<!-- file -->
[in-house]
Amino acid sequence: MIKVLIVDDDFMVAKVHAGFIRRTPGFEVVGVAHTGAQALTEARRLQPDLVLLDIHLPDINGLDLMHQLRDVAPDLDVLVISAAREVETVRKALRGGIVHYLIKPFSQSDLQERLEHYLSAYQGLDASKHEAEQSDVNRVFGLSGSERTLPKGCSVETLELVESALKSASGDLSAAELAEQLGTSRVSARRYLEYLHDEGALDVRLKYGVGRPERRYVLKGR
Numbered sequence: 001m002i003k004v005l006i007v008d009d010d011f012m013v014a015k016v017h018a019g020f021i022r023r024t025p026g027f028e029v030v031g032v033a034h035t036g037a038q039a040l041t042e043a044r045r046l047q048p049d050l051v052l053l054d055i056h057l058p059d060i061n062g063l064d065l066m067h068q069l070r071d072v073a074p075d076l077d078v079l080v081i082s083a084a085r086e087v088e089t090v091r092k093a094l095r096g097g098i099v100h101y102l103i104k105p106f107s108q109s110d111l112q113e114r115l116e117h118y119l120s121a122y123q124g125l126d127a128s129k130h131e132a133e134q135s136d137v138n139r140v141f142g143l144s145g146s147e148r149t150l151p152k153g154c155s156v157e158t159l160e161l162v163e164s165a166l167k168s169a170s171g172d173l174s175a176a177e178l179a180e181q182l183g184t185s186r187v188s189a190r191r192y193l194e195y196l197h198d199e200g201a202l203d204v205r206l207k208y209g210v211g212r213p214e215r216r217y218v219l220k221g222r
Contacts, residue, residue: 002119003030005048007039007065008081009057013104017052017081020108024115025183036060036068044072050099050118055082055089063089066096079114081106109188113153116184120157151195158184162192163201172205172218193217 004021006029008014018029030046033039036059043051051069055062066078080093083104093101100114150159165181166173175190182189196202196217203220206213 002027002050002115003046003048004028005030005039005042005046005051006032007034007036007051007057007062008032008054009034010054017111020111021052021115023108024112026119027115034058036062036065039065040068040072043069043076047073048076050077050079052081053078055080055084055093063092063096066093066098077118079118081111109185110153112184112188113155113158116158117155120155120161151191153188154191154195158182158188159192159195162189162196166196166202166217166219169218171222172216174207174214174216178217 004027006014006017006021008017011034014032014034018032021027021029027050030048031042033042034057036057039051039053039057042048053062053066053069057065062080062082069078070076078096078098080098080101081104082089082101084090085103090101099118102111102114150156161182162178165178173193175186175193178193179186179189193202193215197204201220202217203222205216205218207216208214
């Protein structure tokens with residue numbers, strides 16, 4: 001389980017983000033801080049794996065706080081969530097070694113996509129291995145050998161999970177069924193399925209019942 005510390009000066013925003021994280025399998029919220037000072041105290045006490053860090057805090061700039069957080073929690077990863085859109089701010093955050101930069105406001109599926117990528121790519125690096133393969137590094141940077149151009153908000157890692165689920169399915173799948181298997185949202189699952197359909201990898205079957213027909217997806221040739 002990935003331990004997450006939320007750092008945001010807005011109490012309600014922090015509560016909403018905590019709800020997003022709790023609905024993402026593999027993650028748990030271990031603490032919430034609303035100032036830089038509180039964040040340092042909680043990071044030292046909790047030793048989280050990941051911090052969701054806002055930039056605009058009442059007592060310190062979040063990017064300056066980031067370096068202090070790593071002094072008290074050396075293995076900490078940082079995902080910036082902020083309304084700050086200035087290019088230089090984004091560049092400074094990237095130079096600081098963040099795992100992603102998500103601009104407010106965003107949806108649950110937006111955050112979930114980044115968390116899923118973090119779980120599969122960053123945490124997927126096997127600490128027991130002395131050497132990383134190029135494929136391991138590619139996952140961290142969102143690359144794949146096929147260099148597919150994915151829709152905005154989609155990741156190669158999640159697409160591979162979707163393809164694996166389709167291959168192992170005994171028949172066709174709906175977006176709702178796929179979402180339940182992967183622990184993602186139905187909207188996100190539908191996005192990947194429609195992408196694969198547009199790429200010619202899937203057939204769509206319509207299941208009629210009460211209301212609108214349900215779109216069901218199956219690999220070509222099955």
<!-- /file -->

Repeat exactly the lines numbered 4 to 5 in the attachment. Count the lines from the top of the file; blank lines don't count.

Contacts, residue, residue: 002119003030005048007039007065008081009057013104017052017081020108024115025183036060036068044072050099050118055082055089063089066096079114081106109188113153116184120157151195158184162192163201172205172218193217 004021006029008014018029030046033039036059043051051069055062066078080093083104093101100114150159165181166173175190182189196202196217203220206213 002027002050002115003046003048004028005030005039005042005046005051006032007034007036007051007057007062008032008054009034010054017111020111021052021115023108024112026119027115034058036062036065039065040068040072043069043076047073048076050077050079052081053078055080055084055093063092063096066093066098077118079118081111109185110153112184112188113155113158116158117155120155120161151191153188154191154195158182158188159192159195162189162196166196166202166217166219169218171222172216174207174214174216178217 004027006014006017006021008017011034014032014034018032021027021029027050030048031042033042034057036057039051039053039057042048053062053066053069057065062080062082069078070076078096078098080098080101081104082089082101084090085103090101099118102111102114150156161182162178165178173193175186175193178193179186179189193202193215197204201220202217203222205216205218207216208214
């Protein structure tokens with residue numbers, strides 16, 4: 001389980017983000033801080049794996065706080081969530097070694113996509129291995145050998161999970177069924193399925209019942 005510390009000066013925003021994280025399998029919220037000072041105290045006490053860090057805090061700039069957080073929690077990863085859109089701010093955050101930069105406001109599926117990528121790519125690096133393969137590094141940077149151009153908000157890692165689920169399915173799948181298997185949202189699952197359909201990898205079957213027909217997806221040739 002990935003331990004997450006939320007750092008945001010807005011109490012309600014922090015509560016909403018905590019709800020997003022709790023609905024993402026593999027993650028748990030271990031603490032919430034609303035100032036830089038509180039964040040340092042909680043990071044030292046909790047030793048989280050990941051911090052969701054806002055930039056605009058009442059007592060310190062979040063990017064300056066980031067370096068202090070790593071002094072008290074050396075293995076900490078940082079995902080910036082902020083309304084700050086200035087290019088230089090984004091560049092400074094990237095130079096600081098963040099795992100992603102998500103601009104407010106965003107949806108649950110937006111955050112979930114980044115968390116899923118973090119779980120599969122960053123945490124997927126096997127600490128027991130002395131050497132990383134190029135494929136391991138590619139996952140961290142969102143690359144794949146096929147260099148597919150994915151829709152905005154989609155990741156190669158999640159697409160591979162979707163393809164694996166389709167291959168192992170005994171028949172066709174709906175977006176709702178796929179979402180339940182992967183622990184993602186139905187909207188996100190539908191996005192990947194429609195992408196694969198547009199790429200010619202899937203057939204769509206319509207299941208009629210009460211209301212609108214349900215779109216069901218199956219690999220070509222099955």